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Marin Convention and Visitors Bureau New Branding Statement -
"Marin, Just a Little Out There."

By Nels Johnson, The Marin Independent Journal, Novato, Calif.McClatchy-Tribune Regional News

Nov. 24, 2008 --Marin's tourism bureau intends to brand the county with an only-in-Marin marketing cry.

"Marin, just a little out there."

Say what?

Mark Essman of Santa Rosa, head of the Marin Convention and Visitors Bureau, said the new "branding statement" means different things to different people and symbolizes the region's varying attractions, making it a perfect replacement for the bureau's old slogan: "Marin County. Where wonders never cease."

Essman said the new brand represents "the uniqueness, the funkiness, the things that make Marin, Marin. - It's just a little out there. Everyone has a little different interpretation of it."

To some, it may mean the county is just across the Golden Gate from the West's golden city, or a stone's throw from the wine country. Others may take it to mean Marin is a bit flipped out, twirling in a kind of wacky, Grateful-Dead-and-goat-cheese orbit. Or cutting-edge and ahead of the curve, offering opportunities other tourist destinations don't. Others may think it suggests something else entirely.

"That's why we did it," the 48-year-old Essman said in a burst of enthusiasm. "We wanted to leave it to everybody's imagination."

Elissa Giambastiani, treasurer of the bureau board, said the slogan reflects Marin's diversity, ranging from its natural beauty and organic farming to its legacy as the home of mountain biking, "Star Wars" and "so many things here that you don't find in Indiana" or anywhere else.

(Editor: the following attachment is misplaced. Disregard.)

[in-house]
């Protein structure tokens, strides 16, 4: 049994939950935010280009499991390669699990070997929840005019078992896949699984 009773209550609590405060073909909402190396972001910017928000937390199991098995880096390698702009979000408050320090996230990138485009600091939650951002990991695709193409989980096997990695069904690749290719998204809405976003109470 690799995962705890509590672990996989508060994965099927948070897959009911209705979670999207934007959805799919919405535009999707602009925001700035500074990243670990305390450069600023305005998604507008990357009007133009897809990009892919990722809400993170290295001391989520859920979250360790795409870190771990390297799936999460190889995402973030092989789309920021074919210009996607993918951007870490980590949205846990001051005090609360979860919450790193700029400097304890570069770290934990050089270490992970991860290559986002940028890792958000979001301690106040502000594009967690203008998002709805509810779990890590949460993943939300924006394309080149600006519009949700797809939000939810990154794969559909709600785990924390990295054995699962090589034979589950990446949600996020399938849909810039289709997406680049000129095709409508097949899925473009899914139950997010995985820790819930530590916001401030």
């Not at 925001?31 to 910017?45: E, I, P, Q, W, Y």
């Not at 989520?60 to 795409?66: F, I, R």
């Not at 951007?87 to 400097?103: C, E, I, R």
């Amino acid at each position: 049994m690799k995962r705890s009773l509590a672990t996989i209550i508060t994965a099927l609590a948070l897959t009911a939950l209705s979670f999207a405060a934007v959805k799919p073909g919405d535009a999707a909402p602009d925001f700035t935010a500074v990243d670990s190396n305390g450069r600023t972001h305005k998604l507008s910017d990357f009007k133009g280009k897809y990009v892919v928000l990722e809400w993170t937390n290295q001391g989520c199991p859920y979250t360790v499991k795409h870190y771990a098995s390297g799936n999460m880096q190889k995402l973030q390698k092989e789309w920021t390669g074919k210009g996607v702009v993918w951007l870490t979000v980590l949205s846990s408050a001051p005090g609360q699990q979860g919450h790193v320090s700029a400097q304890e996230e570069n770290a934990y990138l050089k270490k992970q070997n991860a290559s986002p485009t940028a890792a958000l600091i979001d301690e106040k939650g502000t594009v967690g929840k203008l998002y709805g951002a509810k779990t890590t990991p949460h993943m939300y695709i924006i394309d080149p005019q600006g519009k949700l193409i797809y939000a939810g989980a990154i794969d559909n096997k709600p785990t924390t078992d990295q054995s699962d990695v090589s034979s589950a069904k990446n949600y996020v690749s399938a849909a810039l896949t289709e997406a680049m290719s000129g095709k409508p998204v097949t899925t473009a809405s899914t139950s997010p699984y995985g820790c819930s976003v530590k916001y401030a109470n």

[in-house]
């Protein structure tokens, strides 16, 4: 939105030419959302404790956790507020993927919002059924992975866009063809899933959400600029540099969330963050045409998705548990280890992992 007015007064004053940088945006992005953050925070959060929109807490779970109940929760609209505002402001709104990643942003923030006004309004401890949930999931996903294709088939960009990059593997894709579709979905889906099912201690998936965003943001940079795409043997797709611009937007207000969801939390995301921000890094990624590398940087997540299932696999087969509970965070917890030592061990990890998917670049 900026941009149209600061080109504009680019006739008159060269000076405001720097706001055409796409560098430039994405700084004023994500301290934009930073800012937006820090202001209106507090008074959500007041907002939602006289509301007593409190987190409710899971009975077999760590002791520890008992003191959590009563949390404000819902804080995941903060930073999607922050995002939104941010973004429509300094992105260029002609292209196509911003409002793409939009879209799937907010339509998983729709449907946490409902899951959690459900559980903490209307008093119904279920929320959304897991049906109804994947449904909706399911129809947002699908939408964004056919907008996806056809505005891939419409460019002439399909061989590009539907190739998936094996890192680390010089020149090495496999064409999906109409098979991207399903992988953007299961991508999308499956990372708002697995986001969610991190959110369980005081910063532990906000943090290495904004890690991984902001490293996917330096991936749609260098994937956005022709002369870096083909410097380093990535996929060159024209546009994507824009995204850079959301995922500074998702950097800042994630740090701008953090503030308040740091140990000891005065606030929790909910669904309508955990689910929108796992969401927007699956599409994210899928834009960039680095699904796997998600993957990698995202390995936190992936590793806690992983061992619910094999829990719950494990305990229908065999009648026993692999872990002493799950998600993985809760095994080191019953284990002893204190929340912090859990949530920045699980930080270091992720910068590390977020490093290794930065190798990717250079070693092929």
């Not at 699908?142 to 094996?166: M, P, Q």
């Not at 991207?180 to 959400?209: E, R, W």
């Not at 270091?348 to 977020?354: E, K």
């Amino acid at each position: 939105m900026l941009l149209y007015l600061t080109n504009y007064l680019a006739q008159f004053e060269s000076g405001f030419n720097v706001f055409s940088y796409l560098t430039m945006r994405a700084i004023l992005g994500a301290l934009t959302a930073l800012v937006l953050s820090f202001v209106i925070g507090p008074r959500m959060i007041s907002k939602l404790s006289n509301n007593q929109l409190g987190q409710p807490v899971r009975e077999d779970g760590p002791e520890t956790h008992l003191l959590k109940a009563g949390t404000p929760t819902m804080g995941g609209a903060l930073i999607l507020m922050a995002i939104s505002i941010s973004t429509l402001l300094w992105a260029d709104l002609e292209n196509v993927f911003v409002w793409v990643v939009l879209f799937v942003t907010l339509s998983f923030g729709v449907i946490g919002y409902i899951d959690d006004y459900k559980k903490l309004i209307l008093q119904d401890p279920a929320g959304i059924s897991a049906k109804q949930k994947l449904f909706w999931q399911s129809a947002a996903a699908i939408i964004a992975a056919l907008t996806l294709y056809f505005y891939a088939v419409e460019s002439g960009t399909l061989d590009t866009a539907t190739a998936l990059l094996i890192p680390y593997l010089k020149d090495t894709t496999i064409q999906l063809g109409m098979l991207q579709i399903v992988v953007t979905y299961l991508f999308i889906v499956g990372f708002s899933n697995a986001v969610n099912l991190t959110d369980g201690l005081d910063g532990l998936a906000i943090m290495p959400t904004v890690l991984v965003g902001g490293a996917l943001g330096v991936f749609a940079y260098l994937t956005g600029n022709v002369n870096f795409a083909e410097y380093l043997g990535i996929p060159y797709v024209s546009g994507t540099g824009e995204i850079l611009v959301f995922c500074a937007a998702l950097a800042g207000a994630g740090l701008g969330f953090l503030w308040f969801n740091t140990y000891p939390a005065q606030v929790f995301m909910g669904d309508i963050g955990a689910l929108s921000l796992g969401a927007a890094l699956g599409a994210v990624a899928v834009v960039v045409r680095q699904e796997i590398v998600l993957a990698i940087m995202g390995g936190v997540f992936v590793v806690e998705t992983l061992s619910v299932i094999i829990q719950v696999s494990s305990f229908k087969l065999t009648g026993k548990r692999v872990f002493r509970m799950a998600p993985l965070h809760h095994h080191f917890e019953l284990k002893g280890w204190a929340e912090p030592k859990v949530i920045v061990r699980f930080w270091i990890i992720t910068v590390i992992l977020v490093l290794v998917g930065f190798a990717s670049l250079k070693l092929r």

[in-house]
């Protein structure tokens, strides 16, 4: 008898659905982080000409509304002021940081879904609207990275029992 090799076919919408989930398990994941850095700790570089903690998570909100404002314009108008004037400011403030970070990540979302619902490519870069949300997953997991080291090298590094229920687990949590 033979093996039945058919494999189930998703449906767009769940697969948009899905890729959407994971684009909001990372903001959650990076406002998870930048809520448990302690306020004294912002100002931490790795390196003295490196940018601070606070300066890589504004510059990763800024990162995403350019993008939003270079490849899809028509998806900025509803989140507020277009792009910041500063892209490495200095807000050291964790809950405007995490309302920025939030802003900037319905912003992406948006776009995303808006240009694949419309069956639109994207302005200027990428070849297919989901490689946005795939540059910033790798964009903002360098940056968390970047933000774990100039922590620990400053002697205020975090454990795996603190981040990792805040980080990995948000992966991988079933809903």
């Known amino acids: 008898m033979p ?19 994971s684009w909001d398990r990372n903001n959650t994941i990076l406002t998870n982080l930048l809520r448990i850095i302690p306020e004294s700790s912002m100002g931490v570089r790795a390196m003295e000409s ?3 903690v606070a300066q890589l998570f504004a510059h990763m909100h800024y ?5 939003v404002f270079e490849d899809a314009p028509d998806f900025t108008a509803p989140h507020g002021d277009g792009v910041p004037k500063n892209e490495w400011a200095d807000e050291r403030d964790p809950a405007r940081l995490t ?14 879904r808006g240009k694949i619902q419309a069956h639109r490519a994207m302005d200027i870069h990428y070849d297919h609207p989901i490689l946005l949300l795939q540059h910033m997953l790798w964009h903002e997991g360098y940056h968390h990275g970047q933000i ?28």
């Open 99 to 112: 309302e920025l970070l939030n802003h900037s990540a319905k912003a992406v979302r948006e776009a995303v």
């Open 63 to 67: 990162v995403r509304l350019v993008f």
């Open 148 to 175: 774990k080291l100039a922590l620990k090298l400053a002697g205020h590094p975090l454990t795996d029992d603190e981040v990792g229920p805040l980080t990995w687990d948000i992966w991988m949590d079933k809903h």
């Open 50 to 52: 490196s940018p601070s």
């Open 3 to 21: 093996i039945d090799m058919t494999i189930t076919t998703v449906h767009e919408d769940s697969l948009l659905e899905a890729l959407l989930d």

<>"I don't think it means we're loony," she said. "It's not hot tubs and peacock feathers," she added, referring to the county's enduring legacy as a den of hedonism lampooned by Edwin Newman's controversial 1978 NBC documentary, "I Want It All Now."

Julie McNair, proprietor of the San Anselmo Inn who chairs the bureau board, was among the dissenters in a 17-3 vote that approved the brand.

"I thought it was a little flip," McNair said. "My manager at the inn said, 'this is a little insulting,'" she added. "A lot of people here don't like it."

The new brand has at least a few officials at the Civic Center scratching their heads, saying the slogan is out there, for sure.

One county executive with ties to the word business said the bureau's attempt to appeal to everybody runs the risk of appealing to few.

"I think I'd like it better if it was 'a little bit out there,'" reflected Scott Bauer, deputy director of the county library, after a long pause. "I'm assuming the visitors bureau tested this." No focus group was used, aside from the bureau's board.

But Jim Farley, head of the county Department of Cultural and Visitor Services, said the slogan may prove effective because it is distinctive and draws attention. It's a word play that suggests Marin's "leading edge, cutting edge" culture, he said. Although Farley's department acts as a county liaison to the bureau, it had no role in the new marketing campaign.